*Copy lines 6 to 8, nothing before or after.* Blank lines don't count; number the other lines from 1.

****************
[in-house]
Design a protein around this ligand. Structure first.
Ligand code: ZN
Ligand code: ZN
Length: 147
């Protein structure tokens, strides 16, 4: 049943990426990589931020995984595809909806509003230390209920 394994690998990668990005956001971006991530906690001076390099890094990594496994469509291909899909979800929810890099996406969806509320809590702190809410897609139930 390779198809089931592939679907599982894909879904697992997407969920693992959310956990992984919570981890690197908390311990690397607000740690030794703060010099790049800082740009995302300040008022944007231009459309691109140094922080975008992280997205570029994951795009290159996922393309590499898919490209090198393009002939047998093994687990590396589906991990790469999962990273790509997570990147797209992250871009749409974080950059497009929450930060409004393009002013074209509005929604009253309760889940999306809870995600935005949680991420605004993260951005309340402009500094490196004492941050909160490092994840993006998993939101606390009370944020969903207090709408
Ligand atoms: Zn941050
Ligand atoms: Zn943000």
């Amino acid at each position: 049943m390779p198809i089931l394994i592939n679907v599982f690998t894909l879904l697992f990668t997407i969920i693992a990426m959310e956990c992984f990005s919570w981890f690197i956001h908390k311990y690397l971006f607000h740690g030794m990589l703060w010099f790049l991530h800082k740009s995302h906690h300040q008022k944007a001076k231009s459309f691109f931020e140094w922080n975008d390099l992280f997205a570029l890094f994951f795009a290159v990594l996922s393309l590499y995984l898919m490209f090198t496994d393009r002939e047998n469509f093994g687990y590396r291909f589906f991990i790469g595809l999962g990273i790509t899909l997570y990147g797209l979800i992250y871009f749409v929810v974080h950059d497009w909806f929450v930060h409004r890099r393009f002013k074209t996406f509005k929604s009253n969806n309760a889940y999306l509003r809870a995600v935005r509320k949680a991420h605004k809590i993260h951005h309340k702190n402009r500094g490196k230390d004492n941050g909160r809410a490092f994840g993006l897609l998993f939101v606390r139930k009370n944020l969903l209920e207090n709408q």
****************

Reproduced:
């Protein structure tokens, strides 16, 4: 049943990426990589931020995984595809909806509003230390209920 394994690998990668990005956001971006991530906690001076390099890094990594496994469509291909899909979800929810890099996406969806509320809590702190809410897609139930 390779198809089931592939679907599982894909879904697992997407969920693992959310956990992984919570981890690197908390311990690397607000740690030794703060010099790049800082740009995302300040008022944007231009459309691109140094922080975008992280997205570029994951795009290159996922393309590499898919490209090198393009002939047998093994687990590396589906991990790469999962990273790509997570990147797209992250871009749409974080950059497009929450930060409004393009002013074209509005929604009253309760889940999306809870995600935005949680991420605004993260951005309340402009500094490196004492941050909160490092994840993006998993939101606390009370944020969903207090709408
Ligand atoms: Zn941050
Ligand atoms: Zn943000």